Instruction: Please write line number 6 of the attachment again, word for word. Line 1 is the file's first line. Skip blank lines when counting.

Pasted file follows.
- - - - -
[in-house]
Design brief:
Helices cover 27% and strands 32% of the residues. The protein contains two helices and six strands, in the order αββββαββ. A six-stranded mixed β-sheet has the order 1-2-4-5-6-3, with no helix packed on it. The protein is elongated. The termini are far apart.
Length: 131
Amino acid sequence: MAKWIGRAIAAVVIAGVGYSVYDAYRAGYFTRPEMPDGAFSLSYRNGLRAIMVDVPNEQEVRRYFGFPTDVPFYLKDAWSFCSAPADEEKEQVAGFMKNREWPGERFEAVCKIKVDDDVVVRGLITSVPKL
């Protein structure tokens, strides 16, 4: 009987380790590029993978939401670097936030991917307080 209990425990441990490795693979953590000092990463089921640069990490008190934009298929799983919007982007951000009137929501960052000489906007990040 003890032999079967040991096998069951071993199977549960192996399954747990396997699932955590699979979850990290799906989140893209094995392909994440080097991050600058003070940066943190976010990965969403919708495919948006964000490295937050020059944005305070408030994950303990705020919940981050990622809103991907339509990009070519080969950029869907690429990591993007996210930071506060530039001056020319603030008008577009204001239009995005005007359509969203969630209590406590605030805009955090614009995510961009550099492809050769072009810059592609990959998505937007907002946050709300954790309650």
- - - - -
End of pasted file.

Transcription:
């Protein structure tokens, strides 16, 4: 009987380790590029993978939401670097936030991917307080 209990425990441990490795693979953590000092990463089921640069990490008190934009298929799983919007982007951000009137929501960052000489906007990040 003890032999079967040991096998069951071993199977549960192996399954747990396997699932955590699979979850990290799906989140893209094995392909994440080097991050600058003070940066943190976010990965969403919708495919948006964000490295937050020059944005305070408030994950303990705020919940981050990622809103991907339509990009070519080969950029869907690429990591993007996210930071506060530039001056020319603030008008577009204001239009995005005007359509969203969630209590406590605030805009955090614009995510961009550099492809050769072009810059592609990959998505937007907002946050709300954790309650």